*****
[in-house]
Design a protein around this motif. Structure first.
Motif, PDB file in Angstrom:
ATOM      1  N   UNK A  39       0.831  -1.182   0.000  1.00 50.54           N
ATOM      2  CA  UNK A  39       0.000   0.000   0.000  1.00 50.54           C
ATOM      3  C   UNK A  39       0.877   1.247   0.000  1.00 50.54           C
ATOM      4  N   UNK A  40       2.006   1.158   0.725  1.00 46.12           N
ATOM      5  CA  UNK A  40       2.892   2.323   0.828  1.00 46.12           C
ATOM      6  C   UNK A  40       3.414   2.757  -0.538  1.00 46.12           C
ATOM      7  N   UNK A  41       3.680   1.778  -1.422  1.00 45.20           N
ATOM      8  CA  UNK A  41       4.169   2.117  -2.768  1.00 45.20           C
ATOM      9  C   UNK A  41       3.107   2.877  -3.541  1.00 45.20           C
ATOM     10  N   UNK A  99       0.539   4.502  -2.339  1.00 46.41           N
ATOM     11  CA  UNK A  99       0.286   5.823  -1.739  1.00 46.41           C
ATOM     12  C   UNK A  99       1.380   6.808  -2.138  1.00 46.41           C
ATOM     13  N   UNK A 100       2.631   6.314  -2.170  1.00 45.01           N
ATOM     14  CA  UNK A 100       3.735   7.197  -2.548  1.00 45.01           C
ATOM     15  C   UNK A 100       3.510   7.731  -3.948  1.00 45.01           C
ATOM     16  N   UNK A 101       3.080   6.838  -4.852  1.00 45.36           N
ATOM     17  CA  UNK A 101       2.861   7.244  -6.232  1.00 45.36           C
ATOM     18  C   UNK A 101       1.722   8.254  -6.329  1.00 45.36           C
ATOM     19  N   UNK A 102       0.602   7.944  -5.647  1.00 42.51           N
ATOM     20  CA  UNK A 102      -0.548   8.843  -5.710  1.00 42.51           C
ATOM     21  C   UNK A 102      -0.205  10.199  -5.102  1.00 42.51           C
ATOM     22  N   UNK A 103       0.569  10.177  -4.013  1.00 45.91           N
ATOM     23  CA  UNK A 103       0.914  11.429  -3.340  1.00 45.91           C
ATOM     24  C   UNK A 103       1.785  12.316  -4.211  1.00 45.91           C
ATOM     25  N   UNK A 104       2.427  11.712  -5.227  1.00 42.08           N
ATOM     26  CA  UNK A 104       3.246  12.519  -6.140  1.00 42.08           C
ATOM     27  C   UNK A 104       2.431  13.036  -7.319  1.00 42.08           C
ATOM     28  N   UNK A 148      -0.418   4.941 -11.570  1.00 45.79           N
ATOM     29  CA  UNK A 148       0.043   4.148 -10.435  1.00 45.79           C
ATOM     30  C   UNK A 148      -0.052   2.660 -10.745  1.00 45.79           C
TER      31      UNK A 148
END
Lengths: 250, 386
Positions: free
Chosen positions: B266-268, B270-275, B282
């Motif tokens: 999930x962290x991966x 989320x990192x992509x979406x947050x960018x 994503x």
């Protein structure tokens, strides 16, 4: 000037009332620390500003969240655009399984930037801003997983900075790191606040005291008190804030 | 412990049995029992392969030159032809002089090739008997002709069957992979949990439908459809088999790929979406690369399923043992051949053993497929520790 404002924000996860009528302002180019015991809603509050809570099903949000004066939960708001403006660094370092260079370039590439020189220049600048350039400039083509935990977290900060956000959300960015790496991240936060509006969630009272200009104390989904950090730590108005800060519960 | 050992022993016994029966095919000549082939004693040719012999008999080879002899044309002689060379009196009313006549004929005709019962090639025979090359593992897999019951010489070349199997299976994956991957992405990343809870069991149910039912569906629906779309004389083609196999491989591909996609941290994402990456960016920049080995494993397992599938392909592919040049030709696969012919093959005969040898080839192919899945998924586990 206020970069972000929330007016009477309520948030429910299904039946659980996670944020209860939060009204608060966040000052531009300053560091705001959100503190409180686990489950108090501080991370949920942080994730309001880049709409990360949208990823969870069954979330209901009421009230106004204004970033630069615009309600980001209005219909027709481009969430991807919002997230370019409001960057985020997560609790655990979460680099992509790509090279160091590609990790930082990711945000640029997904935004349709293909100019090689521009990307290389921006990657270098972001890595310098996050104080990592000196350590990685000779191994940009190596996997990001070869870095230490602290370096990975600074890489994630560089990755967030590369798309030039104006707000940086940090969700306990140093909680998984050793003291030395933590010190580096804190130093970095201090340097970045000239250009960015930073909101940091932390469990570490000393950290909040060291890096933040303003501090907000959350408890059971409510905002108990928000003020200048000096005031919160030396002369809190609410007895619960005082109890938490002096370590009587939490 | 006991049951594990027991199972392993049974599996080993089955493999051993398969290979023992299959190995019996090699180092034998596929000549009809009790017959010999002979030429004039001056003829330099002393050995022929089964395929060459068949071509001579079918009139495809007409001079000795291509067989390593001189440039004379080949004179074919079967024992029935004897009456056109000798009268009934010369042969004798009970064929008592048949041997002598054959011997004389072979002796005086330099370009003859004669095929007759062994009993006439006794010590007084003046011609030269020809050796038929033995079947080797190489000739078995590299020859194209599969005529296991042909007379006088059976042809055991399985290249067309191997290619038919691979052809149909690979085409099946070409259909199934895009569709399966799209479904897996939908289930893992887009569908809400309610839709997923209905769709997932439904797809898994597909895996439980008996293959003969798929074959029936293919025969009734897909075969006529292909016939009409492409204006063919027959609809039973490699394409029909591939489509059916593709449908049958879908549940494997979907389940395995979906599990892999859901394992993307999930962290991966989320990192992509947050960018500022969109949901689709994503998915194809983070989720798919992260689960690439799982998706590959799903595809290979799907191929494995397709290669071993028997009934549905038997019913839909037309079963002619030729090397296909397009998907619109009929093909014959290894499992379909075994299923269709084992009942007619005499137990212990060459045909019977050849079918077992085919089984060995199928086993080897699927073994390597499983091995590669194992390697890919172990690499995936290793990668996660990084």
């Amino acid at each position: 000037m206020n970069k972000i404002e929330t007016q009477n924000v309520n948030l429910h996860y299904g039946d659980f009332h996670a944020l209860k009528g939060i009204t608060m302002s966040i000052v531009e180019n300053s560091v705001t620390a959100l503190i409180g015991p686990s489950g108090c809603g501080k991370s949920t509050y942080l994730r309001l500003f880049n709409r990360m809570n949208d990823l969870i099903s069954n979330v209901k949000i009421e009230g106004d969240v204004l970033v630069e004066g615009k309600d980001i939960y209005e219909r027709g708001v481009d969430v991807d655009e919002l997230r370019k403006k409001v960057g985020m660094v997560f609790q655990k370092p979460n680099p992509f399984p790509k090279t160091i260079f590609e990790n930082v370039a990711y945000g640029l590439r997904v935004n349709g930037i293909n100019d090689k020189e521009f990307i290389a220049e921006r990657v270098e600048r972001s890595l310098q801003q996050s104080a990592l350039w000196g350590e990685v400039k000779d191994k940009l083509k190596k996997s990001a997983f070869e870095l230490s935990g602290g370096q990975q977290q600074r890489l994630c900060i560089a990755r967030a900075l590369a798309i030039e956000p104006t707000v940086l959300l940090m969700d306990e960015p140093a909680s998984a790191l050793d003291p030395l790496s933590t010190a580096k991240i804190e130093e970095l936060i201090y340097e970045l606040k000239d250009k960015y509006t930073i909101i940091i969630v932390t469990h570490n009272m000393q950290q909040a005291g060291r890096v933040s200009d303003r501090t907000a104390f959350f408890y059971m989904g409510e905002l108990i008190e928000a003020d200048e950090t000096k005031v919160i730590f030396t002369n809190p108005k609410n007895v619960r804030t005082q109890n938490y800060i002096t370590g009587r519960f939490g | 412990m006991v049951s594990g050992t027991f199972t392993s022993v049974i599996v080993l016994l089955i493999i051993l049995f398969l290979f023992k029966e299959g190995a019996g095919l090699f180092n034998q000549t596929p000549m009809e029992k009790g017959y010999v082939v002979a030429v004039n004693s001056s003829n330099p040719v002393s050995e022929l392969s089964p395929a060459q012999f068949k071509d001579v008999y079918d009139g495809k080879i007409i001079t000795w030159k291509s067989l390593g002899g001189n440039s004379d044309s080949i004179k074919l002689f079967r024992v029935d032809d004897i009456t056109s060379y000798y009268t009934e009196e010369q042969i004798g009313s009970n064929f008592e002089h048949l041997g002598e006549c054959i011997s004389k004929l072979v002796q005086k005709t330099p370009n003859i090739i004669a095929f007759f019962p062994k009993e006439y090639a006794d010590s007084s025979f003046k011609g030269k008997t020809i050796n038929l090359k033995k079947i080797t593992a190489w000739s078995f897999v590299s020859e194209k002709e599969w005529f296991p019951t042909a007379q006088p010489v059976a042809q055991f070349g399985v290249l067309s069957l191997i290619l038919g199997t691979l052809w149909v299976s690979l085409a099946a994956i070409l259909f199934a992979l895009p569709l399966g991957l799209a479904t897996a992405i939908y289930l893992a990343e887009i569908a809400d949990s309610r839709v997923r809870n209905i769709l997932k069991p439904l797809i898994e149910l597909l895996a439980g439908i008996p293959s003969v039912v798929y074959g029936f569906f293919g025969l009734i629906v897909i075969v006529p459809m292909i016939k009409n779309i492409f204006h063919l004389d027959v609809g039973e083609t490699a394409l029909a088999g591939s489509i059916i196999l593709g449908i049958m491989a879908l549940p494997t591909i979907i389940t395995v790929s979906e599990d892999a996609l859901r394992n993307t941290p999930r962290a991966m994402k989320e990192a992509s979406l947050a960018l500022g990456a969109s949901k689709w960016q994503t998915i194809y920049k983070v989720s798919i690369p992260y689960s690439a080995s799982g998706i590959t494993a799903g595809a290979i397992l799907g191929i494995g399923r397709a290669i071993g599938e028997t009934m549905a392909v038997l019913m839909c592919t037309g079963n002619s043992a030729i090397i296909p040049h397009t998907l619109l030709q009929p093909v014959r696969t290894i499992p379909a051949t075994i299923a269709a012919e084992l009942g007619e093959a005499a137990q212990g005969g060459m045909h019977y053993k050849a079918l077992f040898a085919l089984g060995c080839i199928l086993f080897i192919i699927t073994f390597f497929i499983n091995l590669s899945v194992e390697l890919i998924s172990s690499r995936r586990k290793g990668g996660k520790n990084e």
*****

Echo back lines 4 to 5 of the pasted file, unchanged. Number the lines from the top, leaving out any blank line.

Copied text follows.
ATOM      1  N   UNK A  39       0.831  -1.182   0.000  1.00 50.54           N
ATOM      2  CA  UNK A  39       0.000   0.000   0.000  1.00 50.54           C